Functions in R

This article is a short introduction on how functions work in R, and how we can apply them across a set of values. We will explain what parameters and return statements are, how functions are called, and most importantly how to define our own functions. We also introduce the apply() family of functions that allow us to call a function on an entire data structure.

A function is a collection of several lines of code. By calling the function’s name, we execute the code inside of it. We can call the function over and over again, with different arguments (inputs). The point of a function is to make code reusable, modular, and easier to read.

R comes with many built-in functions that make data analysis easier. For example, the function mean() takes in a numerical R object and gives us back the average of the values in that numerical object. If we had a vector measurements with numbers and wanted to find the average of all those measurements, we could call the function like mean(measurements).

measurements <- c(30, 67, 40, 44, 25, 31) mean(measurements) # output: [1] 39.5

Some more basic built-in R functions include seq(), c(), and matrix(). There are also functions that come with different libraries like dplyr. Each function has its own name and expected arguments. Each of those functions has a definition somewhere, which we can search for in R documentation.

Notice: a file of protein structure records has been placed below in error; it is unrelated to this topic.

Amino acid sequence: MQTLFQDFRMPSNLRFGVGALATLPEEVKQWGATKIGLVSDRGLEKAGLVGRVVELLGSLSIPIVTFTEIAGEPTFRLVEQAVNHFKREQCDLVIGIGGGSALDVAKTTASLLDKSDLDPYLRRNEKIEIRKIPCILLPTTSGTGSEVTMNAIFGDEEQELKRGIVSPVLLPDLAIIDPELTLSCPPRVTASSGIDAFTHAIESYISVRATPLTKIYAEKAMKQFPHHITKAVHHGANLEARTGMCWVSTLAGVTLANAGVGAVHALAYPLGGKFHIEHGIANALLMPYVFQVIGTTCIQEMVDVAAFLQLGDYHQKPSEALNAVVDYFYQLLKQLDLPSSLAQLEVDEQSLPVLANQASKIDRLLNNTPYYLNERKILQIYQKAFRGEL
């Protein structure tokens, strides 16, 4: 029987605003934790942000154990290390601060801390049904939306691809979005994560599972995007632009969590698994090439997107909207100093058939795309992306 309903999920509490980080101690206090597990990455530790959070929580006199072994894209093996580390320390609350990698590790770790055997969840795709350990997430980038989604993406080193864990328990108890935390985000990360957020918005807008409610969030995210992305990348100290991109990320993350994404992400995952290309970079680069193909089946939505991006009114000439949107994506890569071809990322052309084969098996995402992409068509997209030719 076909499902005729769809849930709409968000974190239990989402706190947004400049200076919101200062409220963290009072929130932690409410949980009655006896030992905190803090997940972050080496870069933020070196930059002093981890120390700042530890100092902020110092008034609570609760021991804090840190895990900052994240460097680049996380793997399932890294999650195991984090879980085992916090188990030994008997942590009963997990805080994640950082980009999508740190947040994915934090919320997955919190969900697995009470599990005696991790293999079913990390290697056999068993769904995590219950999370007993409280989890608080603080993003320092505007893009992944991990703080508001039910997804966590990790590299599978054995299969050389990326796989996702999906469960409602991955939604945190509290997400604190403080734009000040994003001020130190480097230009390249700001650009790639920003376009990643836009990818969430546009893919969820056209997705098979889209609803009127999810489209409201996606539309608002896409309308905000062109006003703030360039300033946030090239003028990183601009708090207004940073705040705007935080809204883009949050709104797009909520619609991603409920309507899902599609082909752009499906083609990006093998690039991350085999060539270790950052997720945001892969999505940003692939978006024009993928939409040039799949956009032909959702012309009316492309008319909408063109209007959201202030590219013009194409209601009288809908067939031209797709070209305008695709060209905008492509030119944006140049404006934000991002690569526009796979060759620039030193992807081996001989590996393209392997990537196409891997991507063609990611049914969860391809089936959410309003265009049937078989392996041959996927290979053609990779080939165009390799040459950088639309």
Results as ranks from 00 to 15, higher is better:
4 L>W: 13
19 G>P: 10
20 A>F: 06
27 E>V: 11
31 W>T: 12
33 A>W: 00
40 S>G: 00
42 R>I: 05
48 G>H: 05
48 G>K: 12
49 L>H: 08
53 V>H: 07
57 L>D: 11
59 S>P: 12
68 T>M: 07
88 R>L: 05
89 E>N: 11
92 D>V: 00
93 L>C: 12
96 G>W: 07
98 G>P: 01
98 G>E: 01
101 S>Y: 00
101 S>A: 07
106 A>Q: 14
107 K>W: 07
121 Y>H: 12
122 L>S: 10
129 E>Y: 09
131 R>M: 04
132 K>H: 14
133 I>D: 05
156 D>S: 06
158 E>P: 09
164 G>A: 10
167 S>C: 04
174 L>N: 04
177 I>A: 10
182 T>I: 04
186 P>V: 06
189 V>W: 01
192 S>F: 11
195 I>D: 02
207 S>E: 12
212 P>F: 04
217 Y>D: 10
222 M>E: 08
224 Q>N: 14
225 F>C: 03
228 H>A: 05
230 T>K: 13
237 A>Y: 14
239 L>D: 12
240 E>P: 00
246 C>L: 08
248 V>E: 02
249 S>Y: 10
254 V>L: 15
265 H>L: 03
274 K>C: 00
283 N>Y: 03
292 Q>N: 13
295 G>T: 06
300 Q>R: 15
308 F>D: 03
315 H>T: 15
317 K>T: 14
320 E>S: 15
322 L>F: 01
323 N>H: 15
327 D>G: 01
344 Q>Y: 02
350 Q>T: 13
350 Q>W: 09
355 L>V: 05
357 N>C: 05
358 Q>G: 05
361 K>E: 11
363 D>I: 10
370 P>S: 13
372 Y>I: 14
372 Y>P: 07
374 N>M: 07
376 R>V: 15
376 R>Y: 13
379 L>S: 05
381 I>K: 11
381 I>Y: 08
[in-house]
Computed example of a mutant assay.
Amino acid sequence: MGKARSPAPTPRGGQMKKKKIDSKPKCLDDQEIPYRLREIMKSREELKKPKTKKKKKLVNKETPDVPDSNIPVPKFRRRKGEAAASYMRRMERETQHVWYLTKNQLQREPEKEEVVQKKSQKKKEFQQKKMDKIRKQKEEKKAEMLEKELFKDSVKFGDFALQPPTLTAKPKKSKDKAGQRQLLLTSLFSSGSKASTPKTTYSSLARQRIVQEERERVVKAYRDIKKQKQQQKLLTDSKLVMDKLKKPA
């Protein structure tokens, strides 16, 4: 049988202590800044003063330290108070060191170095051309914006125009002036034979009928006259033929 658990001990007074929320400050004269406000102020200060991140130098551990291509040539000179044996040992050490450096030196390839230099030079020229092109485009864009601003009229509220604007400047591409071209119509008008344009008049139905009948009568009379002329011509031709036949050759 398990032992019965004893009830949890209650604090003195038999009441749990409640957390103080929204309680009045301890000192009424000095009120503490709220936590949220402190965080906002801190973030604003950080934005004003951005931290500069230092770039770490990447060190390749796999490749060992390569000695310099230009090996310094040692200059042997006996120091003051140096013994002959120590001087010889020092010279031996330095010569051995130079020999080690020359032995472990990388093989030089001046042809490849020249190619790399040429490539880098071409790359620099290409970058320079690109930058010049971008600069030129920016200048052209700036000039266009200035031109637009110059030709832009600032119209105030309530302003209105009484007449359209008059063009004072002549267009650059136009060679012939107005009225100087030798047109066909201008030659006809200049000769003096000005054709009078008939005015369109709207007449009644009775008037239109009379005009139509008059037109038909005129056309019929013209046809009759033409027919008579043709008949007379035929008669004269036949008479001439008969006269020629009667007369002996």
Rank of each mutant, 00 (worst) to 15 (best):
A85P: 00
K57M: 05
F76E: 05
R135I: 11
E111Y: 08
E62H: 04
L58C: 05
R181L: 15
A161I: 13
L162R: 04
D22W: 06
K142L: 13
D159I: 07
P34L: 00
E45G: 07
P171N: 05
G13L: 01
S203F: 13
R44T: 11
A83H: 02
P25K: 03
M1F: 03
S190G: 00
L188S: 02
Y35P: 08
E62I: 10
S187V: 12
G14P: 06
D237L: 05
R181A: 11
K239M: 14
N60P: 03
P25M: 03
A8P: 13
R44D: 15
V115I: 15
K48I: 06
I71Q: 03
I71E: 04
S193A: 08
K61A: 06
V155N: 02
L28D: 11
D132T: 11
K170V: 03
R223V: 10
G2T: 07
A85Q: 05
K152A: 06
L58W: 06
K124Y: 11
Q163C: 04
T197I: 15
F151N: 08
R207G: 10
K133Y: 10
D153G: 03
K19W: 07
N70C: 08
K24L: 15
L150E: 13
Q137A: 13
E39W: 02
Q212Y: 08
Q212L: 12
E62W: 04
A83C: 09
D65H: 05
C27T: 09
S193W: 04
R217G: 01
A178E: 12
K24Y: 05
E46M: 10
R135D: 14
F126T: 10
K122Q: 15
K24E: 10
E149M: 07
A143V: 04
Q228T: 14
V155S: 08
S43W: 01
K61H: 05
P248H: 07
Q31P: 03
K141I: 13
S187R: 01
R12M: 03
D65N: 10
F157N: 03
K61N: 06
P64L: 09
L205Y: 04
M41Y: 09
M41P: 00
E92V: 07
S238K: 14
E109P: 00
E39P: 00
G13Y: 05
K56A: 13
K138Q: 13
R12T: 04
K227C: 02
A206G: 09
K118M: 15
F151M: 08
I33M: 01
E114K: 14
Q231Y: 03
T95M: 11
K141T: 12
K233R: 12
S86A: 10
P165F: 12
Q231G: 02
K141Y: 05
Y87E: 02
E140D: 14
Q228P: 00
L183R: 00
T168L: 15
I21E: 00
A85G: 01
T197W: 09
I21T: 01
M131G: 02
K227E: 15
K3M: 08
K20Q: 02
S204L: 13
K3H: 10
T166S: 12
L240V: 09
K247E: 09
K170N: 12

Defining a Function

We can define our own functions like so:

function_name <- function(parameter_1, parameter_2, ....) { # do something with parameter_1 and parameter_2 return(some_value) }

A parameter is the name of an expected input in the function’s definition. Parameter names are used in the function definition as a placeholder for the input value. The return statement defines where the code inside the function ends and gives an output. See the example below where we define a function that converts feet to meters.

First, let’s choose a descriptive name for the function like… feet_to_meters. We expect the function to take in one number representing how many feet. So let’s call that parameter feet. Inside the function, we should take the value in that parameter named feet, and multiply it by 0.3048 to get meters. The function will return meters.

feet_to_meters <- function(feet) { meters <- feet * 0.3048 return(meters) }

Now in the same file that we wrote this function in, we could call it multiple times. We call the values that are passed into the function arguments. Below, 30 and 40 are arguments.

feet_to_meters(30) # output: [1] 9.144 feet_to_meters(40) # output: [1] 12.192